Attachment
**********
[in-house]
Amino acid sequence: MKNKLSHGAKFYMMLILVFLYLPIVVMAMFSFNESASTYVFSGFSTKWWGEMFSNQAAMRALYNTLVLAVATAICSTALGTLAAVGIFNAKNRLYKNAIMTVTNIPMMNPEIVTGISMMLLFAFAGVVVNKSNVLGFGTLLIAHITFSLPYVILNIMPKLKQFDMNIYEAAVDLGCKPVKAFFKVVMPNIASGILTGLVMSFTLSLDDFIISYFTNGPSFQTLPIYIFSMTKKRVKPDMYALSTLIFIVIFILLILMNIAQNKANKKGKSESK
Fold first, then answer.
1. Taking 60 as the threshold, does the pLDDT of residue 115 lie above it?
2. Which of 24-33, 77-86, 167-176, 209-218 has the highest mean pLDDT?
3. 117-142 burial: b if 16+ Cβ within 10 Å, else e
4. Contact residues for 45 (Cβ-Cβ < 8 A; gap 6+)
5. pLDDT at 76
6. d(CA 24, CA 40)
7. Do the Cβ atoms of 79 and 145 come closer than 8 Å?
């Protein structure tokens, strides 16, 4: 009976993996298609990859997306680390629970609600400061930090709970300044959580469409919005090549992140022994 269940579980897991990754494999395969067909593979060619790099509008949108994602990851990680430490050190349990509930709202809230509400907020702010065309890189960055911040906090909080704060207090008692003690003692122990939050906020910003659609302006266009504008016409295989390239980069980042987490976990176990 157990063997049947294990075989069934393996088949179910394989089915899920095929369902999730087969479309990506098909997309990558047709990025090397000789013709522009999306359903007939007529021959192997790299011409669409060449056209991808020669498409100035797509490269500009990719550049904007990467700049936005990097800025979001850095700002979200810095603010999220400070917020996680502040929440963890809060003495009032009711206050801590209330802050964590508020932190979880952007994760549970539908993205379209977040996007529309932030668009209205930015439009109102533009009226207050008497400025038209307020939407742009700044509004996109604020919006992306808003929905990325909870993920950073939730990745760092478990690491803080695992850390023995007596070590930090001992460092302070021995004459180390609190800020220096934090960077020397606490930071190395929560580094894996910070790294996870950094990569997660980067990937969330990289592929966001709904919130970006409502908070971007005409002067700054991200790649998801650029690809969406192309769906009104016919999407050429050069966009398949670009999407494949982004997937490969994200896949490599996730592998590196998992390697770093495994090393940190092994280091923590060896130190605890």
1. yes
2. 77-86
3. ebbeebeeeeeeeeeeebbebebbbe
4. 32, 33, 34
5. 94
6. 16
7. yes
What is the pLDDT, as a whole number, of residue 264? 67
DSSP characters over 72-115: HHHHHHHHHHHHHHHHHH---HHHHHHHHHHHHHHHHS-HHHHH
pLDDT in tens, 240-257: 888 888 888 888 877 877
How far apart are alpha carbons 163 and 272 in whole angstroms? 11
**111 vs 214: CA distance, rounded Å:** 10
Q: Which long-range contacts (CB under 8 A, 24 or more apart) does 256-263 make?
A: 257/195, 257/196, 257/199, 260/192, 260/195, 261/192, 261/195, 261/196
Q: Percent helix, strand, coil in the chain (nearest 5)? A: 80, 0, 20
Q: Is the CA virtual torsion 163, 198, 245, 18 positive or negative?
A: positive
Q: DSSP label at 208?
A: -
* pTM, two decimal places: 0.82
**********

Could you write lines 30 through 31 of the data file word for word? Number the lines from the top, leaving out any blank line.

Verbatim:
A: -
* pTM, two decimal places: 0.82